In the spring of 1113 (probably in the time between the 21st March and the 21st of April) a group formed of 30 young peers sets off to Cîteaux. They are led by Bernard of Fontaines (1091 – 1153), the group is also joined by four of his brothers and his uncle. The man, aged 22, and the group following him seem to have chosen the new monastery of Cîteaux deliberately. They had been preparing for the collective life in the monastery for half a year. Seemingly the special strictness in the novum monasterum is what attracted them most. Their joining set free a wave of enthusiasm for the new monastic ideal. This wave has only just made the unprecedented diffusion of the Order of Cistercians possible.


“One gets the impression that every Burgundian nobleman who had been resisting the courting of the Cluniacs was now entering the monasteries... Unquestioning risk of life was what designated the spirit of the new foundations in the emptiness. The friar's asceticism had made their expectancy of life sink to 28 years. Concerning the thought that the young men never joined the monastery before having reached the age of 15, and that they often joined the Cistercians when the were 21 (like St. Bernard), one comes to the conclusion that the Cistercian's asceticism was not to be endured for more than an average of a dozen of years... The order's battle against every effort, against everything which could lead their focus away from God was a radical one. This very radicalism unified the youth of the 12th century and from it the belief emerged that the world could be redeemed by the extreme abnegation of all earthly goods. Men competed in reaching higher grades in asceticism in male societies. Similarly, this fight aimed against science, literature and fine arts. The fight lasted for more than 100 years and yet was fight to be lost from it's very beginning.“ (Braunfels, Wolfgang, Abendländische Klosterbaukunst, Köln, 4.Aufl. 1980, S. 113f)


Just a few weeks after joining the order the novices took their vows. Only two years later the abbot Stephen Harding delegated Bernard and twelve fellow brothers to Clairvaux. The third foundation of Cîteaux was imparted by the nobleman's relatives, and is a donation from the earl of Champagne. Four of Bernard's brothers, as well as his uncle and two of his cousins, accompanied him on his way. “ With that the founding convent was nearly entirely in the hands of Bernard's family.“ (Eberl, Immo, Die Zisterzienser. aaO. p. 41). The light valley (lat. clara vallis) quickly develops to a model for the whole Cistercian Order. Bernard is often mistaken for the founder of the order – no other person has influenced the development of the order like he did. 72 new foundations can be traced back on Bernard personally (Braunfels, aao.S 113, 68 nach Pfister, aaO. p. 19). He intervened consistently in the oders' fates, although he was subordinated to the abbot of Cîteaux.


The young abbot's charismatic spirit helps him to become one of the most influential personalities of the 12th century. Kings and Popes listen to his advice and Bernard adroitly exerts influence on the developments of his time. In 1130 he communicates in the pope-schism in favour of Innocent II, and in 1145 one of his students is nominated pope (Eugene III. - Bernardo Paganelli, himself an abbot of a Cistercian monastery). He pushes Bernard to function as a preacher in order to promote the second crusade (1146 ff.) , which he successfully does in France, Germany and Flanders.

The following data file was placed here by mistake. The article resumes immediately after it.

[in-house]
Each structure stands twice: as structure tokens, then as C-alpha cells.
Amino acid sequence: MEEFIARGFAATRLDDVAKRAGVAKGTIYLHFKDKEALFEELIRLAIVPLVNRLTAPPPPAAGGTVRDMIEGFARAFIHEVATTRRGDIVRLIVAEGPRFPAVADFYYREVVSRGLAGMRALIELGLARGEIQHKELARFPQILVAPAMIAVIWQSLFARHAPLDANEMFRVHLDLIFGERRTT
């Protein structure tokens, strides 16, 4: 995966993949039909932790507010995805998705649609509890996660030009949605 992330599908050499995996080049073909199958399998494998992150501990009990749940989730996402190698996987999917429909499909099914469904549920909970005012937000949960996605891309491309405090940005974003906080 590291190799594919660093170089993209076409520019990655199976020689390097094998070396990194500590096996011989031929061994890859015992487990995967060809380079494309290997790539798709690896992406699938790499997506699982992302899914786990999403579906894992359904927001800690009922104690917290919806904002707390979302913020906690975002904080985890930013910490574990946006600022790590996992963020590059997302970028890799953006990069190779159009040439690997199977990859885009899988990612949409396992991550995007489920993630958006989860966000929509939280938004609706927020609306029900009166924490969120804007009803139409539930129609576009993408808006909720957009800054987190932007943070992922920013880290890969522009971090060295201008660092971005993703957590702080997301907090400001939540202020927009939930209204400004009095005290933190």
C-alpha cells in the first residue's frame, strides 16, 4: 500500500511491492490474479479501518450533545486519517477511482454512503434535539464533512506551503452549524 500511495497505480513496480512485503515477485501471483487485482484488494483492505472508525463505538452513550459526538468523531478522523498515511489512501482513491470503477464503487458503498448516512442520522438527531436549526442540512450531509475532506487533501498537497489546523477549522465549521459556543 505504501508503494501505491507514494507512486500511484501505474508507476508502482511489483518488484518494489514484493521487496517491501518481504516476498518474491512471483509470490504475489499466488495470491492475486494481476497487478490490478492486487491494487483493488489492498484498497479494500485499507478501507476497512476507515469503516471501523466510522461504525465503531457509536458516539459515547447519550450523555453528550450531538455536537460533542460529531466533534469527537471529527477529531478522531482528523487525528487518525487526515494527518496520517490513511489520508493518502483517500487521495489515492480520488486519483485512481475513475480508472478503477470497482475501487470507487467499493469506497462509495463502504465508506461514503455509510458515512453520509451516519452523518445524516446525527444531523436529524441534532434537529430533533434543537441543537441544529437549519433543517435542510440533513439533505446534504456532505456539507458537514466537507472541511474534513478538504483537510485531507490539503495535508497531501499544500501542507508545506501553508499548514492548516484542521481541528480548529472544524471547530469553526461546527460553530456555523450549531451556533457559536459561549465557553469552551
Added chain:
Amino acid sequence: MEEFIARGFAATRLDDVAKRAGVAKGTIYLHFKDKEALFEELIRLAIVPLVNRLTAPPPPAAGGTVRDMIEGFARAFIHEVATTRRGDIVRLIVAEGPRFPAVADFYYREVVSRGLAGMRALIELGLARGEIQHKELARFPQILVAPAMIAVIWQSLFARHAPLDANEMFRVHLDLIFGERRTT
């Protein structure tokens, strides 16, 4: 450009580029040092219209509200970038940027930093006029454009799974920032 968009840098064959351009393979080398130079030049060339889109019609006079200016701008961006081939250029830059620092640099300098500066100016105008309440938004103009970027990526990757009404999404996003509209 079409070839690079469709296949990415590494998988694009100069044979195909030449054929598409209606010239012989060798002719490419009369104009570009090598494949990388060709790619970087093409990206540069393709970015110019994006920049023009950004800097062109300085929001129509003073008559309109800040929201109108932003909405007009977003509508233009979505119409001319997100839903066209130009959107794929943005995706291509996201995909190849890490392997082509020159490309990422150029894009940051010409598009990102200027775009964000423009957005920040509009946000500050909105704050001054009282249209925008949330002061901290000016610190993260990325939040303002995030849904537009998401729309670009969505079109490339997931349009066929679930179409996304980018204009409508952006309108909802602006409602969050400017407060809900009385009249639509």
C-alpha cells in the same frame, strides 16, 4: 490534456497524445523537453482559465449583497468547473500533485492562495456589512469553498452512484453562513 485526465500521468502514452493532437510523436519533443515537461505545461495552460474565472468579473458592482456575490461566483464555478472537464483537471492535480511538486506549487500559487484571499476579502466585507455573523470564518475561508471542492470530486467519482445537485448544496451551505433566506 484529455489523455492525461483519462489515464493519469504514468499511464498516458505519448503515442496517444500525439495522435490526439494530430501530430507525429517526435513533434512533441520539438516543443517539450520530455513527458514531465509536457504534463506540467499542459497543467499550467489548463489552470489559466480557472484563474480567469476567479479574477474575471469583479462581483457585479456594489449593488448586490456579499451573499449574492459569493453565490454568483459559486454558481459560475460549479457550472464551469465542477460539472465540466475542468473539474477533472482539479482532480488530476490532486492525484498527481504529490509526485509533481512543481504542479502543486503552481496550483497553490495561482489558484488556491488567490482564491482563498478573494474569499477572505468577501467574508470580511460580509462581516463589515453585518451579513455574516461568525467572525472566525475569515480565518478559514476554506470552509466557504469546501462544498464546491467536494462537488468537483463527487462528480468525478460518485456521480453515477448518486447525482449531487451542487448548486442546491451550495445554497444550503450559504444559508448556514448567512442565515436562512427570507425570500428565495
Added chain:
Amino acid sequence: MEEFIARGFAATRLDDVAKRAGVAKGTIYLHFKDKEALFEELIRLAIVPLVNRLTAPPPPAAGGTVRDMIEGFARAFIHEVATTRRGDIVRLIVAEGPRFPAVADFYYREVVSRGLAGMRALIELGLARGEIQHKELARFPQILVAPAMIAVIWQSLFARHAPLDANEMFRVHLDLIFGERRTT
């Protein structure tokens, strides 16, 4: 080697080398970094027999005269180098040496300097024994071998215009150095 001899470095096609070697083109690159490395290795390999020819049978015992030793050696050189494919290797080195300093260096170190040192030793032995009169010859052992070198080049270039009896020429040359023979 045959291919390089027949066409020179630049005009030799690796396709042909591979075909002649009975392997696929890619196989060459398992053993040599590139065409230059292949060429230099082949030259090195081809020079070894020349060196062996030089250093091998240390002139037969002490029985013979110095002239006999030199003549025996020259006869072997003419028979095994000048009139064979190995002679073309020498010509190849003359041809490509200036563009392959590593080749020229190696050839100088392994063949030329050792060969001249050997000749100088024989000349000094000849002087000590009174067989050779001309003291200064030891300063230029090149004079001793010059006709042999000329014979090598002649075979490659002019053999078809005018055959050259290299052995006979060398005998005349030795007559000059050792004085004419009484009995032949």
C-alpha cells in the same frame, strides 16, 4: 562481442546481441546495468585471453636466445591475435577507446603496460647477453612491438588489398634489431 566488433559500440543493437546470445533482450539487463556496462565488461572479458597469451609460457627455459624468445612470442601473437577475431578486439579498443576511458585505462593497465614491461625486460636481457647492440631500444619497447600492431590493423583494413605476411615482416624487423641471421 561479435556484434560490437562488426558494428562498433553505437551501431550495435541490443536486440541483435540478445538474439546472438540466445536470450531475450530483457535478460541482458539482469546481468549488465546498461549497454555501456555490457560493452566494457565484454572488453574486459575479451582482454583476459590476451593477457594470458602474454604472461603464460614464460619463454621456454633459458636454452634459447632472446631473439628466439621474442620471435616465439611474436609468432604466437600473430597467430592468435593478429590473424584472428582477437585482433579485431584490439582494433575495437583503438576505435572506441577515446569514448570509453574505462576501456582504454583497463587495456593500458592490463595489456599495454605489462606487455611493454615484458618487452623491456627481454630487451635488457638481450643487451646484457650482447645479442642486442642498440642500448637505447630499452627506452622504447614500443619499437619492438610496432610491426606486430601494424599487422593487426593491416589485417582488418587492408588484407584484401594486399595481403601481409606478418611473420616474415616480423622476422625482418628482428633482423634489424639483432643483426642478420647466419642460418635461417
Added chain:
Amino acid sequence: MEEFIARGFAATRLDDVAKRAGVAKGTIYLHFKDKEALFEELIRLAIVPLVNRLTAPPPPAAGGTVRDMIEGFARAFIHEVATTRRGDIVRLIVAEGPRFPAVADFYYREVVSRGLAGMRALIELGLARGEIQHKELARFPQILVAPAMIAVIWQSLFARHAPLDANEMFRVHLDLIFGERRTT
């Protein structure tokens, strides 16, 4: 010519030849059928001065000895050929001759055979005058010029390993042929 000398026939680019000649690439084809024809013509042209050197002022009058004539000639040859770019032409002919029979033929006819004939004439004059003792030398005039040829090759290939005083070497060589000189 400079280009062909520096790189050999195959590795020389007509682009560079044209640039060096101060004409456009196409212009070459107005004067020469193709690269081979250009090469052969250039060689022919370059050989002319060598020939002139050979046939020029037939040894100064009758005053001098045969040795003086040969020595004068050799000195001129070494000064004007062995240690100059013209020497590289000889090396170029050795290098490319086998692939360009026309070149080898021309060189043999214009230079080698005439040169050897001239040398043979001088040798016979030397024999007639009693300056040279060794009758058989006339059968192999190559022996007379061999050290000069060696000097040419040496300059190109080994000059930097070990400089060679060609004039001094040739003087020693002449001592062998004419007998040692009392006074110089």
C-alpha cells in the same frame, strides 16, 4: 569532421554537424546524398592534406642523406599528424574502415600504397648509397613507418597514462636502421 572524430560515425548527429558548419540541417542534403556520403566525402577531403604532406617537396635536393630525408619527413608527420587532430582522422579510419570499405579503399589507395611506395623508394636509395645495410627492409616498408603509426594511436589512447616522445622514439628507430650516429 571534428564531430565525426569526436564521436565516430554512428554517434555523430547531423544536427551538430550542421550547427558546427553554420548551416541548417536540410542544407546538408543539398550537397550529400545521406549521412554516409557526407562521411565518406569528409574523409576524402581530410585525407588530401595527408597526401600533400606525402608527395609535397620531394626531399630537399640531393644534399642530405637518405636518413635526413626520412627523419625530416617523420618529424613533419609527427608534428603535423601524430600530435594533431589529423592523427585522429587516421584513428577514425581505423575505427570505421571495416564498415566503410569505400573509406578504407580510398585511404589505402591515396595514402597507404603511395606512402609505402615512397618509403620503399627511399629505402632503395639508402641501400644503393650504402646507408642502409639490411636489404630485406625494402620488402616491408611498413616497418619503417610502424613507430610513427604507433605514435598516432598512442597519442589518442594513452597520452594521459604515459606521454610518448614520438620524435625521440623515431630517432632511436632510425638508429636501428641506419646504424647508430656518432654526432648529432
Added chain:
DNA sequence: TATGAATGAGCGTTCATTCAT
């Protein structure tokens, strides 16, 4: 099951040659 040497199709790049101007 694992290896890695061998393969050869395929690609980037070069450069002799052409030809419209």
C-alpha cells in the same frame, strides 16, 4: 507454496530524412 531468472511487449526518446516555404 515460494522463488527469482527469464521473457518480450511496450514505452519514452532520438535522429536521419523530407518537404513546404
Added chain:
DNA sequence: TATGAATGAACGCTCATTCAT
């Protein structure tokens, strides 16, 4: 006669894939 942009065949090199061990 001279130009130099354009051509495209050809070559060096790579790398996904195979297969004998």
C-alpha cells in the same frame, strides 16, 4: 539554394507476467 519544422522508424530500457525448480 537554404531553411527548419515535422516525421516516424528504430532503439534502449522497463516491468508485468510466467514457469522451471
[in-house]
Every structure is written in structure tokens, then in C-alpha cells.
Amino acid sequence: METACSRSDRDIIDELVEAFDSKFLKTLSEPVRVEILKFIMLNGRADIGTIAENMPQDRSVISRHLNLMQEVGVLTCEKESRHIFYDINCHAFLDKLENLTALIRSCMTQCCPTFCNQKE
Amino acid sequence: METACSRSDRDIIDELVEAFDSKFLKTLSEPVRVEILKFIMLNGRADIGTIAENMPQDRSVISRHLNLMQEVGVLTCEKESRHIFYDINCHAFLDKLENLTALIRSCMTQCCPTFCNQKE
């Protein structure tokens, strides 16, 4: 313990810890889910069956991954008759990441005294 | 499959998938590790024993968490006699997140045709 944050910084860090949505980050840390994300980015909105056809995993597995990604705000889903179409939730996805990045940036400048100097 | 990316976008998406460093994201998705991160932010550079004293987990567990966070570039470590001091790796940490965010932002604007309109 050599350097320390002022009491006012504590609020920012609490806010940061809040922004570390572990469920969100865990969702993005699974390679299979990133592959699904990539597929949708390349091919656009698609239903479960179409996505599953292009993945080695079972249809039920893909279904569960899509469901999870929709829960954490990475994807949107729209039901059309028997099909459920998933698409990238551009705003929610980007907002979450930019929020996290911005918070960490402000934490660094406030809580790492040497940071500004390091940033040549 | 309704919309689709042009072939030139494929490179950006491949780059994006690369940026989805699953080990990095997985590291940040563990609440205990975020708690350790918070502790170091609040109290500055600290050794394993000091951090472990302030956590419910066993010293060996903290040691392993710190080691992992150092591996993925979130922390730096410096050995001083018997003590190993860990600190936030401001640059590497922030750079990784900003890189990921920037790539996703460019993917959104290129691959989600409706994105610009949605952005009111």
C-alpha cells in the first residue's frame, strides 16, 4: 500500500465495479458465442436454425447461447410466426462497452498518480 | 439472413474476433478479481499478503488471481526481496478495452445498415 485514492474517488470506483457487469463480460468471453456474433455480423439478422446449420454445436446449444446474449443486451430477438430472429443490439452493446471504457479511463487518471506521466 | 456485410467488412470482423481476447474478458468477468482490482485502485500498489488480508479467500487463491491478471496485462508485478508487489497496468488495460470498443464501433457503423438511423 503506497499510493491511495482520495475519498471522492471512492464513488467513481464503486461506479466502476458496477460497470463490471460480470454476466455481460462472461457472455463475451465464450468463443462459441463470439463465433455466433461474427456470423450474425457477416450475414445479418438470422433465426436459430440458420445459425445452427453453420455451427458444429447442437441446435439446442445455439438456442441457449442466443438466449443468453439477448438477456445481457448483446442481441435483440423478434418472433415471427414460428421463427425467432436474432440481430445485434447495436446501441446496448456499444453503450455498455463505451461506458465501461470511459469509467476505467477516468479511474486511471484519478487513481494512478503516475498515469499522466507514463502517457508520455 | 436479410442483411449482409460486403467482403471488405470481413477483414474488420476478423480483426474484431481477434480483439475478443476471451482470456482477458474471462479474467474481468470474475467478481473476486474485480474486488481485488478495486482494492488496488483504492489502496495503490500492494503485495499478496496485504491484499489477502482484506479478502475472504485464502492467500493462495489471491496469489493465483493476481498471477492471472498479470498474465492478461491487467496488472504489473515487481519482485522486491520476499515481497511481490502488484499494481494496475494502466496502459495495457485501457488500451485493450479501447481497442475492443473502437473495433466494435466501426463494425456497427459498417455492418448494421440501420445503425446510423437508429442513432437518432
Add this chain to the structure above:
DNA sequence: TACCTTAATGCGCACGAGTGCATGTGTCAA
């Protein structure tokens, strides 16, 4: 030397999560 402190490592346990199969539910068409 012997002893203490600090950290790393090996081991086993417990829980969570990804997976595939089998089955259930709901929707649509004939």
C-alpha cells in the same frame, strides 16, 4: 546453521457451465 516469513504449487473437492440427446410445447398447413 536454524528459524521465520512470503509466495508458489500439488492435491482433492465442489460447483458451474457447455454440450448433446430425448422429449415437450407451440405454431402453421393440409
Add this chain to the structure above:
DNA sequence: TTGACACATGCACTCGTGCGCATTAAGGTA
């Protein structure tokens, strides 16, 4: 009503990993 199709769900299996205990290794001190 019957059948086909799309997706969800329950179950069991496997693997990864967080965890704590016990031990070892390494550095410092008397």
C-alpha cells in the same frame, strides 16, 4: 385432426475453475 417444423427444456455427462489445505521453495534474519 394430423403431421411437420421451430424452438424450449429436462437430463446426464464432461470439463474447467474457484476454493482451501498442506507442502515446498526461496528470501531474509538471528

“He must have had an inspiring persuasive power, this most medieval of the medieval saints. He united theological astuteness and boundless energy in his personality, which descharged in a nearly unlimited longing for asceticism. Every word which was spoken or written by him is labelled by a compelling lyricism, which brought a whole youth near to the idea of monasteries. It was Bernhard's infinite spiritual power that was able to change a whole century into the century of the white friars.“ (Braunfels, aa.O., S. 113)

His ascetic spirit, his theological brilliancy and his deep mystical piety lasted way beyond his time. The spiritual life and the forming of the Order of Cistercians are decisively influenced by him. Bernard gives the formative figure to the ascetic features of Cîteaux. This figure expresses itself in the building codes of the order, as well as in the habits of life in the monasteries. His fantastic talent in speaking and writing brought him the honorary title of “Doctor Mellifluus“ (honey-floating teacher, see Leroux-Dhuys aaO. p.34).


Under his influence the adoration of the Virgin Mary gained its pronounced importance in the order. The thought of courtly love in the 12th century was reinterpreted in a spiritual way by Bernard. Under his influence all the new Cistercian monasteries were founded in honour of Mary and all the churches are devoted to “our dear woman“. A statue of the Virgin Mary was the only figurative work of art which was allowed in the ascetic surrounding of the monasteries. Furthermore the friars completed each day with the 'Salve Regina', which was sung as the last song of the compline in every monastery.


In 1153 Bernard of Clarivaux dies, filled with bitterness for the failure of the second crusade, for which he had committed himself so much. He had become the target of all criticism and felt responsible for the fiasco of the discomfiture. He was canonised in the abbey church of Clairvaux in 1174. Also he was buried in this church, which had been expanded with a round ambulatory in his honour.


“If you hurry to become internalised people, then let your bodies outside. Only souls are to enter in here. Flesh does not serve anyone.“ St. Bernhard, during the admittance of novices in Clairvaux.